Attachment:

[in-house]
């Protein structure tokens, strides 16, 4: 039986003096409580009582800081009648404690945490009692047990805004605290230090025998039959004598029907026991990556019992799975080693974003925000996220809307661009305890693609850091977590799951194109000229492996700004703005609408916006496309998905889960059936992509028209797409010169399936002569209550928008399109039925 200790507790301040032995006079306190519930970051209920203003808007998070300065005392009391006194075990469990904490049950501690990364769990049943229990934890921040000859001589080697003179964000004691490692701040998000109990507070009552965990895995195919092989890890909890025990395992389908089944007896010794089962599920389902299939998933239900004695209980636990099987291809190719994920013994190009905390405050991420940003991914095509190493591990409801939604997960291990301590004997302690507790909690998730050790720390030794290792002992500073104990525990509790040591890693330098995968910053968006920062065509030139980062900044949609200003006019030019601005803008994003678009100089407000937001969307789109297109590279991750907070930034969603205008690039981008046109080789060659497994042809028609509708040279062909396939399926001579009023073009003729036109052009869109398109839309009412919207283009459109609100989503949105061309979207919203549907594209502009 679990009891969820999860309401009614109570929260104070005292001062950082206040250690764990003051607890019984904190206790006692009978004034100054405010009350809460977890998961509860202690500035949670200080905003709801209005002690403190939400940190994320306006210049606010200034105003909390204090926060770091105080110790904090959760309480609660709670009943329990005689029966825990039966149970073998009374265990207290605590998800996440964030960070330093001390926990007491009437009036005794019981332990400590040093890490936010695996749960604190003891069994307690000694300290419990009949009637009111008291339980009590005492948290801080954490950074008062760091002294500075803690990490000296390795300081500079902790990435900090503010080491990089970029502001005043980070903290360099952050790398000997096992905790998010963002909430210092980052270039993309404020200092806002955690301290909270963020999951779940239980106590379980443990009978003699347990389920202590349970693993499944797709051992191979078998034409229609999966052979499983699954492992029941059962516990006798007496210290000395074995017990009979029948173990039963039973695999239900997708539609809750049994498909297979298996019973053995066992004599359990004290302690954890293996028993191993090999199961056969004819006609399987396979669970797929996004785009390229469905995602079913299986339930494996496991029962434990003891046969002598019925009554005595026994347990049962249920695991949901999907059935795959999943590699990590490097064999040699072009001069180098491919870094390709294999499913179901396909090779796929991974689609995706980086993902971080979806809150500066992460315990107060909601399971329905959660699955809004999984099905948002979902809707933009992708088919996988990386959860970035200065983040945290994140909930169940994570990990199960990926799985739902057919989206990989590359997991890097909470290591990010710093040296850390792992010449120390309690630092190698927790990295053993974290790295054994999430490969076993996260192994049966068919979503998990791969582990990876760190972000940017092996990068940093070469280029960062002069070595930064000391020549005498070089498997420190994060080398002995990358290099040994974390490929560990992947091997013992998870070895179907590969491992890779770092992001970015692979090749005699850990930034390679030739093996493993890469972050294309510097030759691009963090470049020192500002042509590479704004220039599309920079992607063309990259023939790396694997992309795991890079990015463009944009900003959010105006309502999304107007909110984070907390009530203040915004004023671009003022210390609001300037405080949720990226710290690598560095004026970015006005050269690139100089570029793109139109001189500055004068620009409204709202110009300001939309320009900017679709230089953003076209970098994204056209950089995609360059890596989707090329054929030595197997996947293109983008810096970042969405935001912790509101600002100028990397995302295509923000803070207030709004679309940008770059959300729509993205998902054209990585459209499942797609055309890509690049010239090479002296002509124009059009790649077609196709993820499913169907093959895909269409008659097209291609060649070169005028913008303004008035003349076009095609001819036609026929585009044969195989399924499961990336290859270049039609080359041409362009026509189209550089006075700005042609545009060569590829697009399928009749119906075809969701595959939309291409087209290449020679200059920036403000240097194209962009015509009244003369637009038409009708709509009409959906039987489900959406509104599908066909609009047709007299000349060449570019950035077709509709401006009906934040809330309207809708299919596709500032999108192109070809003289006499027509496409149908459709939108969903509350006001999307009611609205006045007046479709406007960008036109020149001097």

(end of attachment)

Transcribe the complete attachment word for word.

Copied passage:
[in-house]
């Protein structure tokens, strides 16, 4: 039986003096409580009582800081009648404690945490009692047990805004605290230090025998039959004598029907026991990556019992799975080693974003925000996220809307661009305890693609850091977590799951194109000229492996700004703005609408916006496309998905889960059936992509028209797409010169399936002569209550928008399109039925 200790507790301040032995006079306190519930970051209920203003808007998070300065005392009391006194075990469990904490049950501690990364769990049943229990934890921040000859001589080697003179964000004691490692701040998000109990507070009552965990895995195919092989890890909890025990395992389908089944007896010794089962599920389902299939998933239900004695209980636990099987291809190719994920013994190009905390405050991420940003991914095509190493591990409801939604997960291990301590004997302690507790909690998730050790720390030794290792002992500073104990525990509790040591890693330098995968910053968006920062065509030139980062900044949609200003006019030019601005803008994003678009100089407000937001969307789109297109590279991750907070930034969603205008690039981008046109080789060659497994042809028609509708040279062909396939399926001579009023073009003729036109052009869109398109839309009412919207283009459109609100989503949105061309979207919203549907594209502009 679990009891969820999860309401009614109570929260104070005292001062950082206040250690764990003051607890019984904190206790006692009978004034100054405010009350809460977890998961509860202690500035949670200080905003709801209005002690403190939400940190994320306006210049606010200034105003909390204090926060770091105080110790904090959760309480609660709670009943329990005689029966825990039966149970073998009374265990207290605590998800996440964030960070330093001390926990007491009437009036005794019981332990400590040093890490936010695996749960604190003891069994307690000694300290419990009949009637009111008291339980009590005492948290801080954490950074008062760091002294500075803690990490000296390795300081500079902790990435900090503010080491990089970029502001005043980070903290360099952050790398000997096992905790998010963002909430210092980052270039993309404020200092806002955690301290909270963020999951779940239980106590379980443990009978003699347990389920202590349970693993499944797709051992191979078998034409229609999966052979499983699954492992029941059962516990006798007496210290000395074995017990009979029948173990039963039973695999239900997708539609809750049994498909297979298996019973053995066992004599359990004290302690954890293996028993191993090999199961056969004819006609399987396979669970797929996004785009390229469905995602079913299986339930494996496991029962434990003891046969002598019925009554005595026994347990049962249920695991949901999907059935795959999943590699990590490097064999040699072009001069180098491919870094390709294999499913179901396909090779796929991974689609995706980086993902971080979806809150500066992460315990107060909601399971329905959660699955809004999984099905948002979902809707933009992708088919996988990386959860970035200065983040945290994140909930169940994570990990199960990926799985739902057919989206990989590359997991890097909470290591990010710093040296850390792992010449120390309690630092190698927790990295053993974290790295054994999430490969076993996260192994049966068919979503998990791969582990990876760190972000940017092996990068940093070469280029960062002069070595930064000391020549005498070089498997420190994060080398002995990358290099040994974390490929560990992947091997013992998870070895179907590969491992890779770092992001970015692979090749005699850990930034390679030739093996493993890469972050294309510097030759691009963090470049020192500002042509590479704004220039599309920079992607063309990259023939790396694997992309795991890079990015463009944009900003959010105006309502999304107007909110984070907390009530203040915004004023671009003022210390609001300037405080949720990226710290690598560095004026970015006005050269690139100089570029793109139109001189500055004068620009409204709202110009300001939309320009900017679709230089953003076209970098994204056209950089995609360059890596989707090329054929030595197997996947293109983008810096970042969405935001912790509101600002100028990397995302295509923000803070207030709004679309940008770059959300729509993205998902054209990585459209499942797609055309890509690049010239090479002296002509124009059009790649077609196709993820499913169907093959895909269409008659097209291609060649070169005028913008303004008035003349076009095609001819036609026929585009044969195989399924499961990336290859270049039609080359041409362009026509189209550089006075700005042609545009060569590829697009399928009749119906075809969701595959939309291409087209290449020679200059920036403000240097194209962009015509009244003369637009038409009708709509009409959906039987489900959406509104599908066909609009047709007299000349060449570019950035077709509709401006009906934040809330309207809708299919596709500032999108192109070809003289006499027509496409149908459709939108969903509350006001999307009611609205006045007046479709406007960008036109020149001097």